Throughout all the years (and there have been many) that I have attended higher education institutions, I have been involved in the planning and execution of events related to the histories, peoples, and politics of the Middle East. I have attended hundreds of events on these issues in Beirut, DC, and NY. At these events, invariably video, photographs, and eyewitness accounts about the horrors of war, occupation and authoritarianism are displayed. Statistics are cited, impassioned presentations are given, and sometimes fights (verbal, mostly) break out. The hope is that for one or two hours people will listen and engage with the lives of others and the terror of politics in action. It would be unthinkable to represent the U.S. invasion of Iraq, the Abu Ghraib tortures, the Lebanese or Algerian civil war, or the siege of Gaza with confectionary sugar. But this unthinkability has nothing to do with morality or gall or tactics. It has to do with power, and the power of abstraction. It has to with the fact that the Israel's colonial project has succeeded to the extent that it can be represented by something as innocuous (and yummy!) as candy. It has to do with the fact that Palestinian lives and livelihood are weighted so much less than their Israeli counterparts that their continued dispossession and segregation can be mediated through the twisted ropes of red and green licorice. The students who planned this event did not mean to offend, and I want to stress this. They truly thought that this might be a good way to discuss some of these serious subjects. They wanted to foster a debate, and indeed there were several different points of view expressed that night. To them, the idea that a Palestinian sitting in that room might experience the plotting and eating of a green M&M in Gaza as violent was unthinkable. They really didn’t think that it was a big deal. And that is what terrified me the most.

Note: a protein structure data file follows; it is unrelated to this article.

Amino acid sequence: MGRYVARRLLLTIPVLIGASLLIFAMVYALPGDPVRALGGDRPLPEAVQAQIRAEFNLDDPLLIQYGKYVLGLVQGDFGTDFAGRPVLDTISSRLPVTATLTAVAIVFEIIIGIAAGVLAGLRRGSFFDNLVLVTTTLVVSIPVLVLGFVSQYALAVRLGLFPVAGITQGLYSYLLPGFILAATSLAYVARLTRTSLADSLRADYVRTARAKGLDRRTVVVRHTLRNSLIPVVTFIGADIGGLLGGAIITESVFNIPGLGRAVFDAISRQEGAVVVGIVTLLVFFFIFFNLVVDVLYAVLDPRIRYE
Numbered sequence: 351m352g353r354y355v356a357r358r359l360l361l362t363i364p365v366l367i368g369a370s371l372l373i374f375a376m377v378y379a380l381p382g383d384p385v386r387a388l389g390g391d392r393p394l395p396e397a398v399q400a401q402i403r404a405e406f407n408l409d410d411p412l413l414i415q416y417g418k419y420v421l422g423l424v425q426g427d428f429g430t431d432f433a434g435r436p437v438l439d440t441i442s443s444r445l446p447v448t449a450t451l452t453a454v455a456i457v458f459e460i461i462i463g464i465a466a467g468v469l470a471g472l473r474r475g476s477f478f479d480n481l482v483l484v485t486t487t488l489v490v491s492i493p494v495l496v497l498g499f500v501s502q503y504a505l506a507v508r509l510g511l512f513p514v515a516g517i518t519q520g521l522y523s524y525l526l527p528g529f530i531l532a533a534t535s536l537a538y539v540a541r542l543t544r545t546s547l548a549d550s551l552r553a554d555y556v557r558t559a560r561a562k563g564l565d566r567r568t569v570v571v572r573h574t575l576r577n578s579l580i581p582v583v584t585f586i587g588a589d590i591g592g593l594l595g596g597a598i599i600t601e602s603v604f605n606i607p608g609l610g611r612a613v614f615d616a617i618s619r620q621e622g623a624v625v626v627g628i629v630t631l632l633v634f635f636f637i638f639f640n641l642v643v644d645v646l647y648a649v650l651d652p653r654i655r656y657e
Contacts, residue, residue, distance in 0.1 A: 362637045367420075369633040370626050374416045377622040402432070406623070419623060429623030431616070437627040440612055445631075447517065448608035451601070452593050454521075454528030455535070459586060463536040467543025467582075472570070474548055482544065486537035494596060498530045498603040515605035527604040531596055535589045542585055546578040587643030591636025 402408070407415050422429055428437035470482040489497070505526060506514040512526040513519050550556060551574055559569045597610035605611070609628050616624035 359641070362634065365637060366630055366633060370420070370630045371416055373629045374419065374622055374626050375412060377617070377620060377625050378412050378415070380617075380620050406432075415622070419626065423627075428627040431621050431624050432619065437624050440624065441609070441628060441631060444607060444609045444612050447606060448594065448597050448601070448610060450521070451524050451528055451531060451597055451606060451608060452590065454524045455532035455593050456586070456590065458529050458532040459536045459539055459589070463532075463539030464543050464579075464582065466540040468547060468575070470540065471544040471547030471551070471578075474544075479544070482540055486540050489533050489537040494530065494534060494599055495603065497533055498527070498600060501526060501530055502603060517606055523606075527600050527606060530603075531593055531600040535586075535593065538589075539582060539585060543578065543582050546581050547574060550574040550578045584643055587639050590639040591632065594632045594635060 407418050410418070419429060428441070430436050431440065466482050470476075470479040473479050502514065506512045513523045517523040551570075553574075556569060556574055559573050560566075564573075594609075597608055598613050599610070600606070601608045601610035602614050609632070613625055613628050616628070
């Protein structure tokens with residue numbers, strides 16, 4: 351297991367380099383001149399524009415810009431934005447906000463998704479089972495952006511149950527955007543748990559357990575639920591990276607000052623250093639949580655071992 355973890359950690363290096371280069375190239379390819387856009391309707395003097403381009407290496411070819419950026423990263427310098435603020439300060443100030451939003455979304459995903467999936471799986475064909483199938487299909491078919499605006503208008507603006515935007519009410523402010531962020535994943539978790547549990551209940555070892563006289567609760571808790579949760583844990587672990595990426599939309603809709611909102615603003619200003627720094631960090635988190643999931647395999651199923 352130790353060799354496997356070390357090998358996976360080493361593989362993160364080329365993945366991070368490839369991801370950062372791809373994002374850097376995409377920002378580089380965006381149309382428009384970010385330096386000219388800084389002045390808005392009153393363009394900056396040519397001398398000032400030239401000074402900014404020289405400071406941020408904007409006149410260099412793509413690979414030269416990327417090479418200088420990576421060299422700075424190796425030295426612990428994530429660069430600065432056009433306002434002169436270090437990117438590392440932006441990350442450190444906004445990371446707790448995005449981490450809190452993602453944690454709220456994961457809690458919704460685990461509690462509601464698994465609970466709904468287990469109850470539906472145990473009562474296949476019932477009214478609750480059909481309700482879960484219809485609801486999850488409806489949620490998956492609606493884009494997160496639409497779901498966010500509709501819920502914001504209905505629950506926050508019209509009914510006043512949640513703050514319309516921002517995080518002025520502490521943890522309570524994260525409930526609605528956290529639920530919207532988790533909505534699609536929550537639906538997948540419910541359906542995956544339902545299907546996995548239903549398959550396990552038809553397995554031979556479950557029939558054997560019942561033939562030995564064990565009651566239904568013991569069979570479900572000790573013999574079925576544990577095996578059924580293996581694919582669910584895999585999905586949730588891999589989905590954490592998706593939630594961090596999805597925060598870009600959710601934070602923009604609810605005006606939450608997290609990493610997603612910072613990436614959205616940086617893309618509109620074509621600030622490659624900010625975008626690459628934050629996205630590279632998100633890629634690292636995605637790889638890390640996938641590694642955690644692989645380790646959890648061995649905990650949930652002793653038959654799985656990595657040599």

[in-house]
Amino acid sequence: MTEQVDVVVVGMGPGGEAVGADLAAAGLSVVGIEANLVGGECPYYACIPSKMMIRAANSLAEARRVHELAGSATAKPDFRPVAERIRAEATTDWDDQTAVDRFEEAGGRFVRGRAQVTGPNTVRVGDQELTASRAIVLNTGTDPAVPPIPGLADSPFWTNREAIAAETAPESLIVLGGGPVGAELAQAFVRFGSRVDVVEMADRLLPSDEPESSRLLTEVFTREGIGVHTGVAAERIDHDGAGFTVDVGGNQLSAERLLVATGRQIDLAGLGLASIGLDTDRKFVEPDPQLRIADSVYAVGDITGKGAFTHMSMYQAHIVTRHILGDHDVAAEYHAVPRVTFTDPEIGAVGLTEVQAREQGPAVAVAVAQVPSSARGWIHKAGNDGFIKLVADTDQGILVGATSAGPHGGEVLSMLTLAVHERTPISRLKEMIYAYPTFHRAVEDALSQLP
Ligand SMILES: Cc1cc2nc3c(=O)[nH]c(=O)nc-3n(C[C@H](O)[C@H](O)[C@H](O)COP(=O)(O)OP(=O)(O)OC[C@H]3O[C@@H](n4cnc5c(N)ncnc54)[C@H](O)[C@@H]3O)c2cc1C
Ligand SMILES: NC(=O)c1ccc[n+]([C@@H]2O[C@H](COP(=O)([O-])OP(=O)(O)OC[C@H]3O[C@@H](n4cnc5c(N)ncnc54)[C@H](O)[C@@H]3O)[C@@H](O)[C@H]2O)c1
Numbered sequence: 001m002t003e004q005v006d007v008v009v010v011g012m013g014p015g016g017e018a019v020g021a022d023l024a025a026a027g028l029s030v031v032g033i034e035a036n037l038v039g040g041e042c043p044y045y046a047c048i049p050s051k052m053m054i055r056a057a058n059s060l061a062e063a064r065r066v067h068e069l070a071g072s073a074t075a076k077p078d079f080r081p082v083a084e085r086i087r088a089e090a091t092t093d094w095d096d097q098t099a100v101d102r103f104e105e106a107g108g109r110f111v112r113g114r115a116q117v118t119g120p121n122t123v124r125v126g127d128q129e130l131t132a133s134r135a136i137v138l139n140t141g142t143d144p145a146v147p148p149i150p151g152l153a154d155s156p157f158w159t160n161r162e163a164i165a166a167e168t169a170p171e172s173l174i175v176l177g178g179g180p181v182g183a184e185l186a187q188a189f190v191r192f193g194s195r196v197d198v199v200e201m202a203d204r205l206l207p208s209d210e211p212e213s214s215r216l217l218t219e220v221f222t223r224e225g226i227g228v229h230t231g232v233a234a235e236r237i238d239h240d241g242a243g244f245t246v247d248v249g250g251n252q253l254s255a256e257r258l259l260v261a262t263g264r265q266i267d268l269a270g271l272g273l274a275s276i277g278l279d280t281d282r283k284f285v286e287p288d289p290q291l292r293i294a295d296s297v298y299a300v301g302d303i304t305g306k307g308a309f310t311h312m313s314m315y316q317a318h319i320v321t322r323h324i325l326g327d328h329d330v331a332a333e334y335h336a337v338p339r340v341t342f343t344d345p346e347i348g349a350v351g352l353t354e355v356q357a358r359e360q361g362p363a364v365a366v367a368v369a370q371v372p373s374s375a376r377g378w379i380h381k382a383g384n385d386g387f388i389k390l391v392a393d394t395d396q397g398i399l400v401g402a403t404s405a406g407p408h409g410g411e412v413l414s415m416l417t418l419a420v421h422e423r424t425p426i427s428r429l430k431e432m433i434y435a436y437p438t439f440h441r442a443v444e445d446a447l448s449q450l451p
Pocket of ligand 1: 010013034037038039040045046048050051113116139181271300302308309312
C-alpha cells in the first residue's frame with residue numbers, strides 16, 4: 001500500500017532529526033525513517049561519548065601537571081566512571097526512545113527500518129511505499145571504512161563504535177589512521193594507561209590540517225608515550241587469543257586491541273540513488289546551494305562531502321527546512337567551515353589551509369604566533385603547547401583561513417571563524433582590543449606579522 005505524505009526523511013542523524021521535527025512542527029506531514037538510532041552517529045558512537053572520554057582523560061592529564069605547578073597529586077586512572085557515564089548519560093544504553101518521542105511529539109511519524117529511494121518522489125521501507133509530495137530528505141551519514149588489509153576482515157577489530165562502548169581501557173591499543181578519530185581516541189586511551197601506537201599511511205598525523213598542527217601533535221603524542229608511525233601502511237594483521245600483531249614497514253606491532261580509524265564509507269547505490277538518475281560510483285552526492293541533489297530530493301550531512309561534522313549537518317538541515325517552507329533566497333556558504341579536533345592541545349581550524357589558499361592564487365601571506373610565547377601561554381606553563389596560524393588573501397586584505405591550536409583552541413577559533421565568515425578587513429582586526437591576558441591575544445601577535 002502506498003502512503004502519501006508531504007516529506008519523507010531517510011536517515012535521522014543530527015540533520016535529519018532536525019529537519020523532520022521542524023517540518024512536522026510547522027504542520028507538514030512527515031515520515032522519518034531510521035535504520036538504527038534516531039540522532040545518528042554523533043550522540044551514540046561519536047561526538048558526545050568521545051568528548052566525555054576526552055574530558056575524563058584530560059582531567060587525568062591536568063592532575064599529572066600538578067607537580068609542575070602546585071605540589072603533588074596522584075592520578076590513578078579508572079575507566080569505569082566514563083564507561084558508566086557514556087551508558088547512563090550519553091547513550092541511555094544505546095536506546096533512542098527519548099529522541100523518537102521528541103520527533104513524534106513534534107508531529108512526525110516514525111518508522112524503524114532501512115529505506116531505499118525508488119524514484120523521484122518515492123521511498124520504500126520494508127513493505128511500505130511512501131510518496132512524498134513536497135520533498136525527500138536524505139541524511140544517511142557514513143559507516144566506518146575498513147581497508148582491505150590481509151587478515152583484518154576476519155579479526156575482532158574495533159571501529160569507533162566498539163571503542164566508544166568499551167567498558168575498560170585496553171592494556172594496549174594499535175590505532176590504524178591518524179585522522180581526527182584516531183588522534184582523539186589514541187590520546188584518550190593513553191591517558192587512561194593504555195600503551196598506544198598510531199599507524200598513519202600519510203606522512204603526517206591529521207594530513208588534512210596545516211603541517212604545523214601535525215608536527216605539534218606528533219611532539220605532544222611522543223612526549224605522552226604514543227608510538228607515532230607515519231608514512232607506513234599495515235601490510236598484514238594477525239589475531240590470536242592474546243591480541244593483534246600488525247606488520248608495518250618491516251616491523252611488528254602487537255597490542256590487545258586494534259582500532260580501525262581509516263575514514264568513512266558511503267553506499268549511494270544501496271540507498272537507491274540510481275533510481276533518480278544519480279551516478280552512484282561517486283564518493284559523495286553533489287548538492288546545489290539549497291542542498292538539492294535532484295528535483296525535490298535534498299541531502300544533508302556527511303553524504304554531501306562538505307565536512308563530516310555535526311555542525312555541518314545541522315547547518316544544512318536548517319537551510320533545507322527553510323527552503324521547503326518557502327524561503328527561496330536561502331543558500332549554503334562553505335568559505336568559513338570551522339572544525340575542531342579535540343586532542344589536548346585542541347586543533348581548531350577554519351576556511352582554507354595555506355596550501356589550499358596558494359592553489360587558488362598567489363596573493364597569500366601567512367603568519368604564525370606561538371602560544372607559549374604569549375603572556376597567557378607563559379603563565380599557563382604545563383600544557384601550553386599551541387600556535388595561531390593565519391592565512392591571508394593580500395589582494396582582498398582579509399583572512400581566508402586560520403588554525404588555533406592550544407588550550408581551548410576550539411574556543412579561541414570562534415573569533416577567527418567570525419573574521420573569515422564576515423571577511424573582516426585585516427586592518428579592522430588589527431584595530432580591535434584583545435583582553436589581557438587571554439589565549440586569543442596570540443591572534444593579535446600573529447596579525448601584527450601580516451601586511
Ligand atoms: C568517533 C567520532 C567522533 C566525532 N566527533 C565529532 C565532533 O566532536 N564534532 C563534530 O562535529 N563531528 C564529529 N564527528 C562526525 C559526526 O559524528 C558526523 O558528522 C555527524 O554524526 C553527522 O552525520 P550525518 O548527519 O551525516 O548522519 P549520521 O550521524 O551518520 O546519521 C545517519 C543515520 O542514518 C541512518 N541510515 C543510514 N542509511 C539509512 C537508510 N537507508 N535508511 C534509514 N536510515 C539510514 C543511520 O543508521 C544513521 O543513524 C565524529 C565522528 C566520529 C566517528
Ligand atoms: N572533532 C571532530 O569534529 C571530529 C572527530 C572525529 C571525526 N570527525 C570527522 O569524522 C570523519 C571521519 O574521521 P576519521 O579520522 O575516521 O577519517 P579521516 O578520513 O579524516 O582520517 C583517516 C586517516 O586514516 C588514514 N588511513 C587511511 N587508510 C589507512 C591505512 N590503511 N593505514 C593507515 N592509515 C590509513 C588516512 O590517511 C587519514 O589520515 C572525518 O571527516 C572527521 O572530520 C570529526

The ability to abstract the Arab-Israeli conflict to such an extent is not only an act of power, it is also re-constitutes (fatal) power relationships by sugar coating a colonial project as an edible “border disagreement” and mediating ethnic cleansing through the dispersion of what seemed to be the most popular candy that night, M&Ms. The more abstract this conflict is, the more Israel can transfigure its war crimes, military occupation, and colonial expansion into a counter terrorism strategy and/or defensive policies. The more this history is packaged as something ingestible and digestible in forty-five minutes, the stronger the dominant discourse on Israel-Palestine will become. The commodification, consumption, and marketing of knowledge through the abstractions of maps, graphs, charts and expertise is how power is made and exercised, as several theories have taught us. That night, while my friend was furiously eating a settlement (that tasted like chalk, by the way) I tried very hard to think of how one could mediate the Abu-Ghraib photographs or the torture of prisoners at Guantanamo through cheese spray, gummy bears or perhaps popcorn. But I experienced even this exercise as unthinkable outside the realms of absurdity or farce. For others, luring college students with the promise of a sugar rush seemed like a good way to discuss a conflict that has made refugees out of millions of people, kept millions more under a brutal military and civilian occupations, and has galvanized the Middle East for the past century and counting. The organizers were not trying to trivialize the Arab-Israeli conflict, but their actions demonstrate that the power relationships that unfairly weigh Israeli and Palestine lives, rights, and vulnerabilities have been normalized and abstracted to the extent that they seem “natural.” The differences between two people's experience of this history and this present is one of color, not of content. And that is why an M&M is sometimes not just an M&M.